I can’t believe it.  But, oh well.  This is what you do when helmets don’t exist.  I’ve asked about them before and people shrug saying it’s just too hot here to consider jamming one over your head.  So I’m tooling around town now daily on the back of a motorcycle and hoping and praying that I come home in one piece.  I’ll miss the sun and the fruit juice, but I’ll be welcoming back seat belts and air bags next week, for sure.


Paul Does Peru Part II

December 11, 2008

Paul here.

Jenny thought it would be fun for me to hop on and guest-blog to share stories from the second half of our mini-vacation in Peru. So allow me to pick up where she left off . . .

The morning after our island fauna tour, we had breakfast in El Chaco before hopping on our bus to Nasca.

We arrived in Nasca in the afternoon, and despite guidebook warnings that we would be hounded by people hocking tours and hotels, there were only a handful of people at the bus station – one of whom was holding a sign with our names on it. We had reserved a room ahead of time at the Walk On Inn, a quiet little hotel with free internet, a pool, and a cool rooftop area to read a book or have an Inca Cola. The rooms are pretty basic and the bed was fairly uncomfortable, but it was extremely convenient, as through the hotel we were able to book our flights over the Nasca lines for the next day and even buy our return bus tickets.

We had a tasty early supper, and then went to the roof to have a cold coke and watch the sunset on our first day in Nasca.

Sunset at the Walk On Inn

Sunset at the rooftop of the Walk On Inn

The next morning we found out our flight had been moved back a few hours, so we headed to the local Museo Antonini to learn more about the indigenous people of Peru, including the Nasca and their famous lines.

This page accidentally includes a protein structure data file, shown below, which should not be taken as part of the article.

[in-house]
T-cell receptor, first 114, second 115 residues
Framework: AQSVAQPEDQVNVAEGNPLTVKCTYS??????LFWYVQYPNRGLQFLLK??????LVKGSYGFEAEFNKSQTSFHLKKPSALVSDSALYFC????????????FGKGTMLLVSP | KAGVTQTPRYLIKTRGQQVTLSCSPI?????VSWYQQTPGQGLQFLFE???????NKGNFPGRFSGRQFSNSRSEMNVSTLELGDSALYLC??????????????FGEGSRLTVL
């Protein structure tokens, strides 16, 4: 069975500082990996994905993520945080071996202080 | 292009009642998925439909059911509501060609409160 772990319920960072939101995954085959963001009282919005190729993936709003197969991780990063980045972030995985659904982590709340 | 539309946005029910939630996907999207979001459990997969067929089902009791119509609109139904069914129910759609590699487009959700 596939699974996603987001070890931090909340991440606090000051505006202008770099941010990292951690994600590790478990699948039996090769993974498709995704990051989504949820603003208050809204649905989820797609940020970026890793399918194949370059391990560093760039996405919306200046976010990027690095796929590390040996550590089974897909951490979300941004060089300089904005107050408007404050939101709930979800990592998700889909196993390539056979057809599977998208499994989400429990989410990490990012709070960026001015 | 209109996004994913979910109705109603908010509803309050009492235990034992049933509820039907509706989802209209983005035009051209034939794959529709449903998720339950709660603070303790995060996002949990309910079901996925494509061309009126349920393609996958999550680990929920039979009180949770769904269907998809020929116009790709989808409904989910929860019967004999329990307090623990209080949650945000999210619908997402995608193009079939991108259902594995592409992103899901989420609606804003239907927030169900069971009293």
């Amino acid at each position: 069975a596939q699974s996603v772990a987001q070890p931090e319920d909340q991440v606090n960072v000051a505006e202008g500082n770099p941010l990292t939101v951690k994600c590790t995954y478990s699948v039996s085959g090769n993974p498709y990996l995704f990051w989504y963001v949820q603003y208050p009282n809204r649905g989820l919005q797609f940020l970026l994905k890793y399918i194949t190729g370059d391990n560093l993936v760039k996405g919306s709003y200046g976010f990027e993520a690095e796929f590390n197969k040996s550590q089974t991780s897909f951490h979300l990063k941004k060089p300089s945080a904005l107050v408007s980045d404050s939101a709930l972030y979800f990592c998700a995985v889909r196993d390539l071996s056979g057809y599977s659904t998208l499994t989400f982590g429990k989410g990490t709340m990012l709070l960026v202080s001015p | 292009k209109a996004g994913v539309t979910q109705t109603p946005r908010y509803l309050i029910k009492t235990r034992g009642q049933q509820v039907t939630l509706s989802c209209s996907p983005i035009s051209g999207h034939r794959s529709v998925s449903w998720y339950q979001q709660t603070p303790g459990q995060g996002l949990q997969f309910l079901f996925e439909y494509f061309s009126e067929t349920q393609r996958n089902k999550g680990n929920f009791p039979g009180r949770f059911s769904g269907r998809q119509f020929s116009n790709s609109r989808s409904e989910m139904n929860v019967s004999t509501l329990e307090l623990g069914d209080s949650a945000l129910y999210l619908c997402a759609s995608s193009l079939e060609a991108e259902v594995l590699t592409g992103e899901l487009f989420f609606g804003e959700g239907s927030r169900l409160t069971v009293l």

The museum was a little text heavy (it seemed like every artifact had a 1000 word essay) but had some cool info on the lines, and some interesting objects, including jewelery, fabrics and trophy skulls. Yes, trophy skulls.

Trophy heads

Trophy heads

Out back, in a lush-landscaped garden, they have recreated examples of a Nasca aqueduct, a scale map of all the Nasca lines, and replicas of Nasca burial chambers. On our way out to check them out, a local peacock decided he wanted to impress Jenny.


This peacock got swagga like us

We didn’t know it then, but looking at the replica of lines was going to be far more enjoyable then our upcoming Nasca flight.

We arrived at the airport before our flight and ended up getting bumped a slot when a tour group came at the last minute. Luckily for us though, Jenny was able to pass the time recreating Nasca’s “astronaut” figure.


Favorite photo of Jenny from the trip.

When it was our turn to fly, they originally wanted to split Jenny and I up. However, Jenny’s severe fear of small planes and her kung-fu grip on my arm weren’t having it, so we waited until we could go in the same plane. We met our captain and he went over the flight route – which is I think when the panic set in for Jenny. Basically, because they need to get as many people as possible up and down in those planes each day, they were going to be cramming in a lot of turns in a short timeframe.